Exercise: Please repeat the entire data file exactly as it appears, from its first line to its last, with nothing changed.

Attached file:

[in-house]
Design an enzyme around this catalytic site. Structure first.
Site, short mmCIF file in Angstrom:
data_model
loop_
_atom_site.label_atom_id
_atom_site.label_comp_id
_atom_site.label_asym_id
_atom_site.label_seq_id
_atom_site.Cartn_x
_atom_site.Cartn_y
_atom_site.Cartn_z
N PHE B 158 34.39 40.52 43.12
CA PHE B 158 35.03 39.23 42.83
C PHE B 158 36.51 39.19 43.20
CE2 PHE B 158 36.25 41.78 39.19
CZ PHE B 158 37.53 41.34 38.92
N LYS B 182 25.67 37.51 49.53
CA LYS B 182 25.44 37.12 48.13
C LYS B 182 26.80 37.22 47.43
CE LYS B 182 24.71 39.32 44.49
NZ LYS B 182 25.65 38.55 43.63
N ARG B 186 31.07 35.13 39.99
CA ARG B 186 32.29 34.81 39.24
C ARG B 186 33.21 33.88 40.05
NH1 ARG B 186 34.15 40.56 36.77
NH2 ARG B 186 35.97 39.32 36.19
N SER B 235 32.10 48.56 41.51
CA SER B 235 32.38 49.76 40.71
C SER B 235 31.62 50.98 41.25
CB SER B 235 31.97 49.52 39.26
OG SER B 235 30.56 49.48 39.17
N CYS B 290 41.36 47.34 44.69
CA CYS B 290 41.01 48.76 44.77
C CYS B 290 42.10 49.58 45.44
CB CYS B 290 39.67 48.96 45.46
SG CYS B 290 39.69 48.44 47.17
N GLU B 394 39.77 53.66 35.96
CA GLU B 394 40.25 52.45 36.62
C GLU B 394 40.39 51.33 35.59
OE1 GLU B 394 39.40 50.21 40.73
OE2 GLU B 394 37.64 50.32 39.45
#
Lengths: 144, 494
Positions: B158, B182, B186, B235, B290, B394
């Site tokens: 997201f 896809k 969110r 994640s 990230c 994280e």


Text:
[in-house]
Design an enzyme around this catalytic site. Structure first.
Site, short mmCIF file in Angstrom:
data_model
loop_
_atom_site.label_atom_id
_atom_site.label_comp_id
_atom_site.label_asym_id
_atom_site.label_seq_id
_atom_site.Cartn_x
_atom_site.Cartn_y
_atom_site.Cartn_z
N PHE B 158 34.39 40.52 43.12
CA PHE B 158 35.03 39.23 42.83
C PHE B 158 36.51 39.19 43.20
CE2 PHE B 158 36.25 41.78 39.19
CZ PHE B 158 37.53 41.34 38.92
N LYS B 182 25.67 37.51 49.53
CA LYS B 182 25.44 37.12 48.13
C LYS B 182 26.80 37.22 47.43
CE LYS B 182 24.71 39.32 44.49
NZ LYS B 182 25.65 38.55 43.63
N ARG B 186 31.07 35.13 39.99
CA ARG B 186 32.29 34.81 39.24
C ARG B 186 33.21 33.88 40.05
NH1 ARG B 186 34.15 40.56 36.77
NH2 ARG B 186 35.97 39.32 36.19
N SER B 235 32.10 48.56 41.51
CA SER B 235 32.38 49.76 40.71
C SER B 235 31.62 50.98 41.25
CB SER B 235 31.97 49.52 39.26
OG SER B 235 30.56 49.48 39.17
N CYS B 290 41.36 47.34 44.69
CA CYS B 290 41.01 48.76 44.77
C CYS B 290 42.10 49.58 45.44
CB CYS B 290 39.67 48.96 45.46
SG CYS B 290 39.69 48.44 47.17
N GLU B 394 39.77 53.66 35.96
CA GLU B 394 40.25 52.45 36.62
C GLU B 394 40.39 51.33 35.59
OE1 GLU B 394 39.40 50.21 40.73
OE2 GLU B 394 37.64 50.32 39.45
#
Lengths: 144, 494
Positions: B158, B182, B186, B235, B290, B394
């Site tokens: 997201f 896809k 969110r 994640s 990230c 994280e």